Our Auto Accident Attorneys in Clarksburg Can Help
Have questions after an auto accident in Clarksburg? Our attorneys at the Miley Legal Group can help. Contact us today at 304-931-4088 today for a free consultation.
What is collision coverage and how does it help in a Clarksburg accident?
While most have some understanding of liability insurance, many wonder, "What is collision coverage?" when purchasing auto insurance or after a wreck as they explore options for recovering damages.
Collision coverage is not among the minimum insurance requirements in West Virginia. It pays for damage to your car (minus your deductible) if you’re in a collision. Read on to learn more about this coverage.
Understanding Collision Coverage
If you carry collision coverage, your insurance company will pay for the repairs to your car if you’re involved in an accident. It can apply if you’re involved in an accident with another party or if you hit a stationary object. It applies regardless of whether you or another party is to blame for the wreck.
Here are the two basic things you need to know about collision.
- Cash value: The insurance company will only pay for damages to your car up to its actual cash value. If repair costs exceed the actual cash value, then it may declare your car totaled, or is considered a “total loss.”
- Deductible: You will also have to pay a deductible, usually around $500. Generally speaking, the more your car is worth and the lower your deductible, the higher your premiums (monthly out-of-pocket payments).
If you are financing a new car, your lender may require that you carry collision coverage. Car lenders will usually require what’s called comprehensive coverage, which differs from collision. This covers damage that occurs to your car in other ways, such as by fire or other perils.
However, if you have an older car, collision coverage may not be a good choice for you. CNN Money explains: “For cars worth less than $5,000, comprehensive and collision probably aren't worthwhile. Over time, the premiums you'll fork over will probably exceed the payout, even if your car is totaled. Plus, in an accident that isn't your fault, you can figure that the other driver's insurance will cover your car.”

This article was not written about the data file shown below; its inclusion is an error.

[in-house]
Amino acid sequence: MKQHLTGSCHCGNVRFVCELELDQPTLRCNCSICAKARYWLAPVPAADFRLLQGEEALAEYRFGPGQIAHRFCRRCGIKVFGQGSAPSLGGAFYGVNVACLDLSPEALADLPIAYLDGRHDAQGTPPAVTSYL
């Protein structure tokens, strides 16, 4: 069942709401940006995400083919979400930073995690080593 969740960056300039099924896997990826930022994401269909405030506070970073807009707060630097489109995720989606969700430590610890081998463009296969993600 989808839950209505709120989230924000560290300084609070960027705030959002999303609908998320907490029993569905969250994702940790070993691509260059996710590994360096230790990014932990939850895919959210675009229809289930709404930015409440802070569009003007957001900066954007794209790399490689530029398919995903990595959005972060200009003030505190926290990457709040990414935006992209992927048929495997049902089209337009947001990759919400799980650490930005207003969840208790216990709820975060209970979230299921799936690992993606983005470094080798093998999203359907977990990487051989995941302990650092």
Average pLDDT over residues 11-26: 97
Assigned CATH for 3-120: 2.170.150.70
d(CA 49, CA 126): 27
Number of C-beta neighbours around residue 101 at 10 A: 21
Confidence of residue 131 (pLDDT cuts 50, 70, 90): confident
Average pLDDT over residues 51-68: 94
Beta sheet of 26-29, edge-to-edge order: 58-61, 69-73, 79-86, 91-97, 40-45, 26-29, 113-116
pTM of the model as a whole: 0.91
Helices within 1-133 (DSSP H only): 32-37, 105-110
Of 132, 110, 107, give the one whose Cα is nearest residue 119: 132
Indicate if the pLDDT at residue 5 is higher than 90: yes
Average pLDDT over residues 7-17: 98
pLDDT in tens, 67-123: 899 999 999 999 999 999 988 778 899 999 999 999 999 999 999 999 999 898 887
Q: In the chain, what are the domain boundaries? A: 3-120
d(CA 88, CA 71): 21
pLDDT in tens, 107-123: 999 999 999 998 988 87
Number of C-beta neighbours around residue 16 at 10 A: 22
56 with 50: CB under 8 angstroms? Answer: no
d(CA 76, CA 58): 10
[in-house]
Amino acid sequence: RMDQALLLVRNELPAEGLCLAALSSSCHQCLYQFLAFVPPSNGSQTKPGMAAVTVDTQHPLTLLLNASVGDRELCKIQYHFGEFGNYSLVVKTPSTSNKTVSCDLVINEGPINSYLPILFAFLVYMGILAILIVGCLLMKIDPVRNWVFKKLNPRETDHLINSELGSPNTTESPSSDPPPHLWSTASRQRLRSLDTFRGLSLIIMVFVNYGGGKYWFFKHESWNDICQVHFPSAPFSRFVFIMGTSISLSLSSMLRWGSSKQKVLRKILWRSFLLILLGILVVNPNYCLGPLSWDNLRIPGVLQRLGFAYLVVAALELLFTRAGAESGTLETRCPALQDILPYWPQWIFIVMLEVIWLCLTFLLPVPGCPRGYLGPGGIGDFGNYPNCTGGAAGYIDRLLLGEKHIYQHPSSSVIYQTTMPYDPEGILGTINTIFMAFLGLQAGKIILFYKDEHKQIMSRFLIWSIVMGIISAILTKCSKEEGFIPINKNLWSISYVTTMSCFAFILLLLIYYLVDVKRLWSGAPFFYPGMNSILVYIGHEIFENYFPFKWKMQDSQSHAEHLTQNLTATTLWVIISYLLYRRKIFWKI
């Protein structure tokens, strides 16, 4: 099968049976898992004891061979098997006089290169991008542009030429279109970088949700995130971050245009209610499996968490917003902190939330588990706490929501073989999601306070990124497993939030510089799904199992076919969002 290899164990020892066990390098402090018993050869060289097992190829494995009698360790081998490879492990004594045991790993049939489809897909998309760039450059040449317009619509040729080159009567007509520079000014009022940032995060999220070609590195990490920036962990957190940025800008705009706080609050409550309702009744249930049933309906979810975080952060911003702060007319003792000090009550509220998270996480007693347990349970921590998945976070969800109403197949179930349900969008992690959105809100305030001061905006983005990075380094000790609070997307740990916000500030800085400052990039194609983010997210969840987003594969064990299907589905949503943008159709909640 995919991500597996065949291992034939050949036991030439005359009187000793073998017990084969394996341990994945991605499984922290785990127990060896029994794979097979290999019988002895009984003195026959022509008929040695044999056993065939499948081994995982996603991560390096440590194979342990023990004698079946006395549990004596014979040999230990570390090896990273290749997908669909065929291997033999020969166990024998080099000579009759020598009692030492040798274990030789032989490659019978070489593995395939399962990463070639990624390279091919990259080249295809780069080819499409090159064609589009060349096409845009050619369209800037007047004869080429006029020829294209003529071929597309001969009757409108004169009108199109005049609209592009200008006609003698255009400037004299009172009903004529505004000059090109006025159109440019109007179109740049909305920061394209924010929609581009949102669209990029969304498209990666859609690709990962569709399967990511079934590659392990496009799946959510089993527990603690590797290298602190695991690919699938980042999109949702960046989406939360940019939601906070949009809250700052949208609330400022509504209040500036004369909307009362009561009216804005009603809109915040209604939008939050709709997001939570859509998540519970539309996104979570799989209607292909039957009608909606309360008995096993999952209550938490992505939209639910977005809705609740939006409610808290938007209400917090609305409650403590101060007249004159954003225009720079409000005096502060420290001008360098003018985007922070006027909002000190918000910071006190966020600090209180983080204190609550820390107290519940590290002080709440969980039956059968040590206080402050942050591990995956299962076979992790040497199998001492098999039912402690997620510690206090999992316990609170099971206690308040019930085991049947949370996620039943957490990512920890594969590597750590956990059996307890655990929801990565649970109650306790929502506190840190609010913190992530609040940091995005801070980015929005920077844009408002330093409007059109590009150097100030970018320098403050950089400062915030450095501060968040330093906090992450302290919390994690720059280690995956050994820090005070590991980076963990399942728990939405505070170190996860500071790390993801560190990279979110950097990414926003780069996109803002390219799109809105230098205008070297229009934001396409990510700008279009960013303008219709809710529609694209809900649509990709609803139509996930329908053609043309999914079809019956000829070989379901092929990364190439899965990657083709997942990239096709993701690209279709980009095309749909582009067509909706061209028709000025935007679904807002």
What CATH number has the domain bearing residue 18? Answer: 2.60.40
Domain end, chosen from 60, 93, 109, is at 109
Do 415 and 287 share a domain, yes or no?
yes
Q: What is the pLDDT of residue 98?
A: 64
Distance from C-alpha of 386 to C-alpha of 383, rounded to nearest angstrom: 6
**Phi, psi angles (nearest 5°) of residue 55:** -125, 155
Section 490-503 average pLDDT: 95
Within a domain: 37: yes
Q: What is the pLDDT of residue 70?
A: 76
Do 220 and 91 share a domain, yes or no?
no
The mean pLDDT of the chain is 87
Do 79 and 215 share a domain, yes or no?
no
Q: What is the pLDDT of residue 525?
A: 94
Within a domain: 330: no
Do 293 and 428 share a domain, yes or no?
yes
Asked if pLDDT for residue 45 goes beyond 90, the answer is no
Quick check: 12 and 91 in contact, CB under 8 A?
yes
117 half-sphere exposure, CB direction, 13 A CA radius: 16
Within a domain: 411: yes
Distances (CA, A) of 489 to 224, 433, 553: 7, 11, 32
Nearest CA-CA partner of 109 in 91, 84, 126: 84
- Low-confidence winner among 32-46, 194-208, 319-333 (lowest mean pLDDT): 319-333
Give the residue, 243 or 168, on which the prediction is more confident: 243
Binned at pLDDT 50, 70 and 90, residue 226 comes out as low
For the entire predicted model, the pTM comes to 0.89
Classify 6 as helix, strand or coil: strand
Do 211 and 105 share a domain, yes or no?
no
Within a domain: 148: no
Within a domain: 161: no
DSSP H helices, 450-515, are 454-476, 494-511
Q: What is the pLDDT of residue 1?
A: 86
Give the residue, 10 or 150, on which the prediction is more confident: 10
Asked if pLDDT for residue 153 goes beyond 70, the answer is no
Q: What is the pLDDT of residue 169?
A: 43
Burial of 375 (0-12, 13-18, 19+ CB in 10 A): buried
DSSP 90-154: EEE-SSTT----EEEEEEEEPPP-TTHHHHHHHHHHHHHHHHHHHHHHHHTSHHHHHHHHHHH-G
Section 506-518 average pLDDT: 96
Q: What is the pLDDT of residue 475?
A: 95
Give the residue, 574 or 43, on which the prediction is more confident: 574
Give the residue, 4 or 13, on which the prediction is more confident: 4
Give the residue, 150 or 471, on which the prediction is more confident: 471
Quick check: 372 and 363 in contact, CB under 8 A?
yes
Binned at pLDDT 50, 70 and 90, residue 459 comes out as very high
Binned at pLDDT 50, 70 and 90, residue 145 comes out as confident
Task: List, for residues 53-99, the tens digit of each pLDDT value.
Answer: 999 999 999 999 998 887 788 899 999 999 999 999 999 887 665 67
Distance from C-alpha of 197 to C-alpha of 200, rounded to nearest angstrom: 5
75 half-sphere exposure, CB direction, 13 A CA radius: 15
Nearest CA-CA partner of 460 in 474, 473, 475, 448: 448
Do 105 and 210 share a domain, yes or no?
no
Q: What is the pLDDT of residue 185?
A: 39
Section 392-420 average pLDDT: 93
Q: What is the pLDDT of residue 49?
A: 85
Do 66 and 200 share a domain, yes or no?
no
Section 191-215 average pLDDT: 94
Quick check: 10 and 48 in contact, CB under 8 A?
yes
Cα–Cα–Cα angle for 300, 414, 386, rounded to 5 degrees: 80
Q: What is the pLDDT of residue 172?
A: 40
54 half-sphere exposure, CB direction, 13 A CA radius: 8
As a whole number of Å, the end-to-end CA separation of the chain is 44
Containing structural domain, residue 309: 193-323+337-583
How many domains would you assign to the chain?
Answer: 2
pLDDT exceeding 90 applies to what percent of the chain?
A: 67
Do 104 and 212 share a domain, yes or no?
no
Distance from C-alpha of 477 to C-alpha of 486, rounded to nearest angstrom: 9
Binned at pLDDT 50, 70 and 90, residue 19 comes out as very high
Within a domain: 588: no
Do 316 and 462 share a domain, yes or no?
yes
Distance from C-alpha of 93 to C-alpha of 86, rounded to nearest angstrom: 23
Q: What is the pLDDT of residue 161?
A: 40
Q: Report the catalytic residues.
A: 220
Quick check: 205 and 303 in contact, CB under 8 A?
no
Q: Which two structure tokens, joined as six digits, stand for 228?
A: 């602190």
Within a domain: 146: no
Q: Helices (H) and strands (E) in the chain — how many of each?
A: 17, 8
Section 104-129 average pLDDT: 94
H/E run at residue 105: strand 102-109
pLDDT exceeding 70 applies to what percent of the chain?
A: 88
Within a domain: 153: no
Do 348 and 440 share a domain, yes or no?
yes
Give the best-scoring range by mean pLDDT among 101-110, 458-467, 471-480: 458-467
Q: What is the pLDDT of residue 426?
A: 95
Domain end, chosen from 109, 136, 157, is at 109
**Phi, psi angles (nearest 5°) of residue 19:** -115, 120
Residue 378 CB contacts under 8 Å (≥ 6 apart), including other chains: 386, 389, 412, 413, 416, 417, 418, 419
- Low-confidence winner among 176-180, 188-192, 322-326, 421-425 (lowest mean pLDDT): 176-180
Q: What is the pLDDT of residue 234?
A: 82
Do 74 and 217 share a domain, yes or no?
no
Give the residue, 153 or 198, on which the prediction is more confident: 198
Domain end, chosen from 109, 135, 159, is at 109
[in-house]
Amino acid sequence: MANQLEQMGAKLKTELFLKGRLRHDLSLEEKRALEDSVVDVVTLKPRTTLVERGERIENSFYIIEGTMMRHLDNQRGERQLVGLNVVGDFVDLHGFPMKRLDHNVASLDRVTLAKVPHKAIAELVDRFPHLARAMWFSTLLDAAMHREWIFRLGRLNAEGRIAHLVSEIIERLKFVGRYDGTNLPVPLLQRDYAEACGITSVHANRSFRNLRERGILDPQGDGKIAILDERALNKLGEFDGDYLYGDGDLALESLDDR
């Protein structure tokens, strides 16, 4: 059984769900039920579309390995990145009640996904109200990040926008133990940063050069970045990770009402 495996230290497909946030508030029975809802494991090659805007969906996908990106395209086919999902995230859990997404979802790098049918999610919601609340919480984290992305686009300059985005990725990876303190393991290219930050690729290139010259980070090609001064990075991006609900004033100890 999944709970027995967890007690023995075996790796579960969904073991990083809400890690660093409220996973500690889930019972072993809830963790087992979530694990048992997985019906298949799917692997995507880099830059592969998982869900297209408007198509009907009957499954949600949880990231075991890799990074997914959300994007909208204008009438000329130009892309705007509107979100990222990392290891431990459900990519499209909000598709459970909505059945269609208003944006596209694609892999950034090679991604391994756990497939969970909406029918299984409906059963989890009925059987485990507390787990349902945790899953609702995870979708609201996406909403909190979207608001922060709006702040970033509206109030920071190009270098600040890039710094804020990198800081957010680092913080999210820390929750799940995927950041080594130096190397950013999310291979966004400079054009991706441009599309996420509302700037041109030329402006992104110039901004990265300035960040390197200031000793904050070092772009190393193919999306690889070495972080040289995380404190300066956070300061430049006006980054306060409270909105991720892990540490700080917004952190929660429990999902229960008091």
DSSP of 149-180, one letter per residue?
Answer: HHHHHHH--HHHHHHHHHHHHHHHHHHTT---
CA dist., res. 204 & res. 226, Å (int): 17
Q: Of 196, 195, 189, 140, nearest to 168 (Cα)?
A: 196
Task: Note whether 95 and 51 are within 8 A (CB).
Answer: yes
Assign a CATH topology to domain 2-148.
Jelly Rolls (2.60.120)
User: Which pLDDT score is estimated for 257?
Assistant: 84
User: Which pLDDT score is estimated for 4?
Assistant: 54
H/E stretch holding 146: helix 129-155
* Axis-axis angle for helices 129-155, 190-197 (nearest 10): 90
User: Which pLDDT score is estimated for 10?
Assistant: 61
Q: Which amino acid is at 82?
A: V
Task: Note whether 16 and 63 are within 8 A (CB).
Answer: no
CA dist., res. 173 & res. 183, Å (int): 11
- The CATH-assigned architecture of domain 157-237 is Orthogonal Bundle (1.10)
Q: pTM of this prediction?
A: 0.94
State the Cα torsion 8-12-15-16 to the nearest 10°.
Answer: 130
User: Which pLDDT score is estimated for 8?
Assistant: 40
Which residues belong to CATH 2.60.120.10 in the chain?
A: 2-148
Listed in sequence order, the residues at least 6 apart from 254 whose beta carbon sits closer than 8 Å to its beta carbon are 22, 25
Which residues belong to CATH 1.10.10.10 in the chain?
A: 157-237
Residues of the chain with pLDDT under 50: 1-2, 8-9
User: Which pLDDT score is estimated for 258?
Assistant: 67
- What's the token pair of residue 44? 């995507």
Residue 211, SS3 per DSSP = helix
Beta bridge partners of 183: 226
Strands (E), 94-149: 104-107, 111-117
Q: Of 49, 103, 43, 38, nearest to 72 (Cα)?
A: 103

To determine whether or not collision coverage is right for you, you can speak to your insurance provider and discuss your needs and review your options.
Injured in an Accident in Clarksburg? Call the Miley Legal Group
Collision coverage covers vehicle damage, but it doesn’t cover your medical bills, lost wages, or pain and suffering. For more information on how to pursue compensation for these types of damages if you're ever in an accident in Clarksburg, call our injury attorneys at the Miley Legal Group today. Contact us today at 304-931-4088 for a free consultation.
How do I file a claim if I was in a car accident with a rental car?
Filing a claim after a car accident with a rental car depends on which driver was at fault for the accident and the state where the accident occurred. It may also be dependent on the type of coverage you have on your policy and if you have any additional coverage.
How Fault Impacts an Accident with a Rental Car
Whoever caused the accident would be an important factor if you're in an accident while driving a rental car and wish to recover damages. However, drivers first must consider the laws in which the accident occurred.
For instance, West Virginia is an at-fault accident state. It requires the insurance company of the driver responsible for the crash to pay for damages. So if the accident occurred in West Virginia and another driver is at fault, you may file a claim with that driver’s insurer to cover your damages.
But if you were the one who caused it happen, the other driver may file a claim with your own insurer. Further, you may be able to recover damages from your insurer if you have the appropriate insurance.
Other Options That May Be Available When Involved in an Accident with a Rental Car
There may be other means of covering damages in an accident with a rental car; for instance, if the person opted to purchase supplemental insurance offered by the rental company. Oftentimes, the credit card used to pay for the rental vehicle may offer insurance for rented cars. Be sure to check the terms of your credit card company, or inquire with the company directly.